June 2012 was the warmest month on record in North America. July is on pace to exceed June. Here in the Northeast, we have been spared the searing triple digit heat waves that everyone from Denver to Washington DC has experienced. But we have had wave after wave of intense “precipitation events” like last night’s storm.
Is this wacky weather normal? Or is this caused in part by all the stuff we put in the atmosphere?
Two years ago I wrote a book that summarized what scientists knew then with a high degree of certainty about the growing human impact on climate. The news was grim. Since then, the climate disruption news has only grown worse, as the scientific findings have grown even stronger.
What did we expect? In 2009, when 167 countries met in Copenhagen, the two nations responsible for 40% of global carbon emissions, the United States and China, committed no one to anything to curb emissions.
As Bill McKibben writes in the current issue of Rolling Stone,
“If the pictures of those towering wildfires in Colorado haven't convinced you, or the size of your AC bill this summer, here are some hard numbers about climate change: June broke or tied 3,215 high-temperature records across the United States.”
For the history of the U.S Drought Monitor, which began in 1999, this summer we have the largest spatial extent of drought on record: almost 64% of the contiguous US experienced drought conditions last week.
Earlier this month, the National Climatic Data Center released the 2011 State of the Climate, a peer-reviewed report complied by 378 scientists from 48 countries around the world. This annual summary of global climate events is full of stuff that data hounds like me adore. For example,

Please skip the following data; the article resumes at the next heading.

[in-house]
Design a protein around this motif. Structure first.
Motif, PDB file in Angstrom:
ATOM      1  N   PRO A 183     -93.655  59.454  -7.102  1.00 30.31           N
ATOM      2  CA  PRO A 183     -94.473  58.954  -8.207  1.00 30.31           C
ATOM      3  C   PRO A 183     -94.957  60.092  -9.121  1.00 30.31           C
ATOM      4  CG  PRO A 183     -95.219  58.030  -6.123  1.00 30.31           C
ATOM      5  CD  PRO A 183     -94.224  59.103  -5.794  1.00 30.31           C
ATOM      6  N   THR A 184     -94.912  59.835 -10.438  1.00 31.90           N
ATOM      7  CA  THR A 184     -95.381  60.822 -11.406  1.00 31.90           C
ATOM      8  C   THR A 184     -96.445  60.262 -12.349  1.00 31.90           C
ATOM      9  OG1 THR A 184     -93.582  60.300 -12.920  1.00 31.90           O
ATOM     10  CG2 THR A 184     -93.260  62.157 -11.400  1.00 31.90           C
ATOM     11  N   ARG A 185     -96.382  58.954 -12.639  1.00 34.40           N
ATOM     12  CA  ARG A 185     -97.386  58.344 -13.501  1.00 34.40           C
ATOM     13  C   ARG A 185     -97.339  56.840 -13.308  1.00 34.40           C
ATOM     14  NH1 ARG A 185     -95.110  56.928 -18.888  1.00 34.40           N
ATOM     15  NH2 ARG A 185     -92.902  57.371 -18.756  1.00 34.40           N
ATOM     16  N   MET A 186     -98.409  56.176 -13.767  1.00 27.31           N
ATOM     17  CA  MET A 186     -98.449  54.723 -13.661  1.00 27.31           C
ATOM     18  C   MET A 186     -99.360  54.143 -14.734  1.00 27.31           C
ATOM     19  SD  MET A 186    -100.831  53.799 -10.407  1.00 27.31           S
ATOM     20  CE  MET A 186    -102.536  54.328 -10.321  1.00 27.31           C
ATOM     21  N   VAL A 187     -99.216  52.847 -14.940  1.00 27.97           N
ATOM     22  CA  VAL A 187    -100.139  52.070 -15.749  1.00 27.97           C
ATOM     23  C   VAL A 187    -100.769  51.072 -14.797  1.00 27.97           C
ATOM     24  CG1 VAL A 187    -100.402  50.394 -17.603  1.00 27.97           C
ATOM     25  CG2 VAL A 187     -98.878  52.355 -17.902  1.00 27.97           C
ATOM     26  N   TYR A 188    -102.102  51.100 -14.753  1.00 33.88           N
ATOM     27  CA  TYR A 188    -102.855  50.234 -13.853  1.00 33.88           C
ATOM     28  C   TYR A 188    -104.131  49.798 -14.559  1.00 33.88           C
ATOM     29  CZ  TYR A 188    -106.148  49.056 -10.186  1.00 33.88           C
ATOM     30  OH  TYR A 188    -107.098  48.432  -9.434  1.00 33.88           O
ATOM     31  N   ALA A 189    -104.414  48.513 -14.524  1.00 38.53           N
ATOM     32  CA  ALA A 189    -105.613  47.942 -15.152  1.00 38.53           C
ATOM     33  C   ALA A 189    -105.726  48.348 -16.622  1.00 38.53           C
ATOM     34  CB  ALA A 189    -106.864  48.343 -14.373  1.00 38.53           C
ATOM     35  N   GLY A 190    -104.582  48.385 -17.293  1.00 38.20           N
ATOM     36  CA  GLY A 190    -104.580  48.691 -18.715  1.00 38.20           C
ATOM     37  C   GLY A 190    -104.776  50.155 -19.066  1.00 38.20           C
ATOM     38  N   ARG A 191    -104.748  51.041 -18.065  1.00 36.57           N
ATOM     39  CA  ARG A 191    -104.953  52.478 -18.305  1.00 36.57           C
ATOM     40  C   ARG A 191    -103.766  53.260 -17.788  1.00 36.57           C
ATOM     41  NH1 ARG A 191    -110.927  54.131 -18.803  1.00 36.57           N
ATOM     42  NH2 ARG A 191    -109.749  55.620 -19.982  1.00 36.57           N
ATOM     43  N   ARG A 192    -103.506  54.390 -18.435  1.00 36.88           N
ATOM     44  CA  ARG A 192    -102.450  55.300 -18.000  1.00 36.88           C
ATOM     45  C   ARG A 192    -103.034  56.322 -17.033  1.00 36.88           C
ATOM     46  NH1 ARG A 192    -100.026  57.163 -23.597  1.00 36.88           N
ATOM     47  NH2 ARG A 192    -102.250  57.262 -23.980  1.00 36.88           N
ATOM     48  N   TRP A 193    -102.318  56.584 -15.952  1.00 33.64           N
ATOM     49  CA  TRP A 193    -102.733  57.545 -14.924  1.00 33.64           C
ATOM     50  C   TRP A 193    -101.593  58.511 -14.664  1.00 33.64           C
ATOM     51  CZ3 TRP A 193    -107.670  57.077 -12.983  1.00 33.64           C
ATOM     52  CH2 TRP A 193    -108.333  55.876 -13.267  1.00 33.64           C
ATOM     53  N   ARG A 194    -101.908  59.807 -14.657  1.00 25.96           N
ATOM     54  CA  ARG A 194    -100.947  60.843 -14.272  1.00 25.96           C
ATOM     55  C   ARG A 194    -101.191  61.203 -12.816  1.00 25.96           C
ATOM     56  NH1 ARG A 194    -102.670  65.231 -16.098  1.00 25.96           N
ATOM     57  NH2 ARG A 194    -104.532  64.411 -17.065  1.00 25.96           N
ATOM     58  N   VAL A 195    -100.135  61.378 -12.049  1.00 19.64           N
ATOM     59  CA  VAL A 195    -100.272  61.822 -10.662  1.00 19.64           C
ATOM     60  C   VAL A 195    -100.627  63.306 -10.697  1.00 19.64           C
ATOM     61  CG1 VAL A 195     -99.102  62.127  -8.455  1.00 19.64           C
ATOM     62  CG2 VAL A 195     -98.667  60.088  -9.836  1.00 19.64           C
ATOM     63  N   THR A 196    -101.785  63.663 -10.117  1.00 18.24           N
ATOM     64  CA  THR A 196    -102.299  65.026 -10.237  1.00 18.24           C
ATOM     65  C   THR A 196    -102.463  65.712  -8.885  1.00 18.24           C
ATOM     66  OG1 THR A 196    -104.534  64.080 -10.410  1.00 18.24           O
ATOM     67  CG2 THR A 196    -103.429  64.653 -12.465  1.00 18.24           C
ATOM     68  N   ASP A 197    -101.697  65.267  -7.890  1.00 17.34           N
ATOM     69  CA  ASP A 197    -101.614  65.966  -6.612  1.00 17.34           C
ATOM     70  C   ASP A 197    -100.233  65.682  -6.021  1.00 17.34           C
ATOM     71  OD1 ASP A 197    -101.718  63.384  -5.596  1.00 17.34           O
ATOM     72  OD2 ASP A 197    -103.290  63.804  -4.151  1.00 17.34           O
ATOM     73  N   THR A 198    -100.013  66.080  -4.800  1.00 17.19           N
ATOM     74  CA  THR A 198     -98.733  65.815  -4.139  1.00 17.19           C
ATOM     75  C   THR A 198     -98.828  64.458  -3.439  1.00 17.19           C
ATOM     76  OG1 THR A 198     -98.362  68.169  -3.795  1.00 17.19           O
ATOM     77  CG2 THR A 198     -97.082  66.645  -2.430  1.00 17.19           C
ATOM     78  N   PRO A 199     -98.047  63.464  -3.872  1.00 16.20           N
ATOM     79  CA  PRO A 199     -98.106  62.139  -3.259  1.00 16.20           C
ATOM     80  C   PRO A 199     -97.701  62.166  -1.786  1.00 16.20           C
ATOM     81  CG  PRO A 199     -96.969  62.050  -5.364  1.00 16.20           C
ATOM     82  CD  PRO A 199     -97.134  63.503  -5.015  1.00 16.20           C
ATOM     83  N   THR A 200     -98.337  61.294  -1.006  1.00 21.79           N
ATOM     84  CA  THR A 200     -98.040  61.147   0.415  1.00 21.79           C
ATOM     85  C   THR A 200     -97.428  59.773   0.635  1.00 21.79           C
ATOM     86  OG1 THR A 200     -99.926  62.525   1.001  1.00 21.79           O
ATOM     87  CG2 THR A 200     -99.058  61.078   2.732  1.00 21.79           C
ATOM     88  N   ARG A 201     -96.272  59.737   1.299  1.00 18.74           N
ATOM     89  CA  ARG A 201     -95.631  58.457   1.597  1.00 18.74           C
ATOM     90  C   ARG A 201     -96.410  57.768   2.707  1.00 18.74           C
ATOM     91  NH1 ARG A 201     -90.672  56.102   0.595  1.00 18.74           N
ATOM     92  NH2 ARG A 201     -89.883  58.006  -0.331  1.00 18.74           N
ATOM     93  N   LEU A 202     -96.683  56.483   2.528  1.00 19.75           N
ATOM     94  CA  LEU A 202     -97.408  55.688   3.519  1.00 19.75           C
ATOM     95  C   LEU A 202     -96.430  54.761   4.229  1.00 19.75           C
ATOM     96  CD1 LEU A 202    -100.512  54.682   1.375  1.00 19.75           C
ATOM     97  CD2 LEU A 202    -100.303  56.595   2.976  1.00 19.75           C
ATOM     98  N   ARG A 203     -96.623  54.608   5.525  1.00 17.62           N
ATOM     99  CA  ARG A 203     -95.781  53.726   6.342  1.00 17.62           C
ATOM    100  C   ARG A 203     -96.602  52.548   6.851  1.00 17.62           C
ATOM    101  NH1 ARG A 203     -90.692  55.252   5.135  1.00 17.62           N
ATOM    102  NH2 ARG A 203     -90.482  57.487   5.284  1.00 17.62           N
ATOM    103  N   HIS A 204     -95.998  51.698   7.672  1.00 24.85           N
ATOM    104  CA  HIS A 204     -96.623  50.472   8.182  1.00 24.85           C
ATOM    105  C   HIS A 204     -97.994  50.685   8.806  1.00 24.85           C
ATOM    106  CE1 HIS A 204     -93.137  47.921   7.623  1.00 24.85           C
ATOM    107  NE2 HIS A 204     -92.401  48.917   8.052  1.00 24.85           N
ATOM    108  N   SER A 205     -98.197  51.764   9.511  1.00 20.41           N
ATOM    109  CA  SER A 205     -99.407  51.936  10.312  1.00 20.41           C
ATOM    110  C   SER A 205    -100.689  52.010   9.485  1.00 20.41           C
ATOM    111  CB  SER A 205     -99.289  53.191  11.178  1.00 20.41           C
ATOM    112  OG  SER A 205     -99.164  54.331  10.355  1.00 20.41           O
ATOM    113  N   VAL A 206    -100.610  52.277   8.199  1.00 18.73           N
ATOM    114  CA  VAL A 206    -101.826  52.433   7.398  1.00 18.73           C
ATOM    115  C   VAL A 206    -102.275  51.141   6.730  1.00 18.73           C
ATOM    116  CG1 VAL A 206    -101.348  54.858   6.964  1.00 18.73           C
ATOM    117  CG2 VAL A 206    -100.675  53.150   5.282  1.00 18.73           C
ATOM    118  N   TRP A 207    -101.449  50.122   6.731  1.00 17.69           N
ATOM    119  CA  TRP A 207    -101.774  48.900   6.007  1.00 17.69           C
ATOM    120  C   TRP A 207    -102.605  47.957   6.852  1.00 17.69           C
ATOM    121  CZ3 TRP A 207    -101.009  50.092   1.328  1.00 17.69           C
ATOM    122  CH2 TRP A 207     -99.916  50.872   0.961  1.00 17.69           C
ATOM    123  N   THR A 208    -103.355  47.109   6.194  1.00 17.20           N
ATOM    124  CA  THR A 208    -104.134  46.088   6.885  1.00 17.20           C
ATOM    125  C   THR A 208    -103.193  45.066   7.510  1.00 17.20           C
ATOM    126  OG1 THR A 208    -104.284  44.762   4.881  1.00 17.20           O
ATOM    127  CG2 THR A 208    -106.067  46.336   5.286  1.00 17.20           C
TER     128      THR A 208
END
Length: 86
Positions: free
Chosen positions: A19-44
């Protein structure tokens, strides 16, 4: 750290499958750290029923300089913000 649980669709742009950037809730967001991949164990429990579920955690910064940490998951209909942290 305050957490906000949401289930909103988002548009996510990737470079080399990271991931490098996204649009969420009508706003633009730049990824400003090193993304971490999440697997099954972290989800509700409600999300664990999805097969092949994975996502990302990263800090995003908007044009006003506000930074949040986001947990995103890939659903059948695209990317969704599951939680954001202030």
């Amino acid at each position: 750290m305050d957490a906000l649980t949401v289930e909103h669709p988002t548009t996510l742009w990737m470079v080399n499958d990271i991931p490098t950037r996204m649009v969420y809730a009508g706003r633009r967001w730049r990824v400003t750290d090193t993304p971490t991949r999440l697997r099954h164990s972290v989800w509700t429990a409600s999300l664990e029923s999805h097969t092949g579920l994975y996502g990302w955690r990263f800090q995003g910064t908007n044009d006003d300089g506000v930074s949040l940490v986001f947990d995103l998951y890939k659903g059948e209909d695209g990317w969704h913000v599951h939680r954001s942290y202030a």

“In 2011, oceans were saltier in already drier areas and fresher in already rainy areas, indicating an increase in the global water cycle.”
In plain English, more water is moving through the atmosphere so dry areas (like the American Southwest) are becoming drier and wet areas (like New England or Florida) are becoming wetter.
The mounting evidence suggests that nothing else explains the disruption of climate patterns except the human activity of burning fossil fuel, paving our world, wiping out forest and jungles, and polluting vast volumes of water.
Not sun spots, not rotational wiggles of the Earth, not El Niño or La Niña–just plain old modern fossil fuel based civilization, as we know it, is the chief culprit.
McKibben goes on to explain that our Earth is one big connected system:
“A third of summer sea ice in the Arctic is gone, the oceans are 30 percent more acidic, and since warm air holds more water vapor than cold, the atmosphere over the oceans is a shocking five percent wetter, loading the dice for devastating floods.” Read more.
A report published in Science this week shows how the intense summer thunderstorms–like the one we had last night–pump water higher into the upper atmosphere than was known before.
Why does that matter? Put on your sun block!
Strong thunder storms send moisture so high that this water content is mixing with aerosols we dumped there for decades (such CFCs and refrigerant gases, now banned on the ground, but still lingering above). This moisture arrives in the ozone layer of our atmosphere–normally drier than a desert–where its sets up new chemical reactions, weakening the ozone layer that protects us from ultraviolet light rays. So now a link appears to be emerging between thunder storms, skin cancer rates and ozone warnings. Who knew?!
Bottom line, I highly recommend McKibben's very readable article!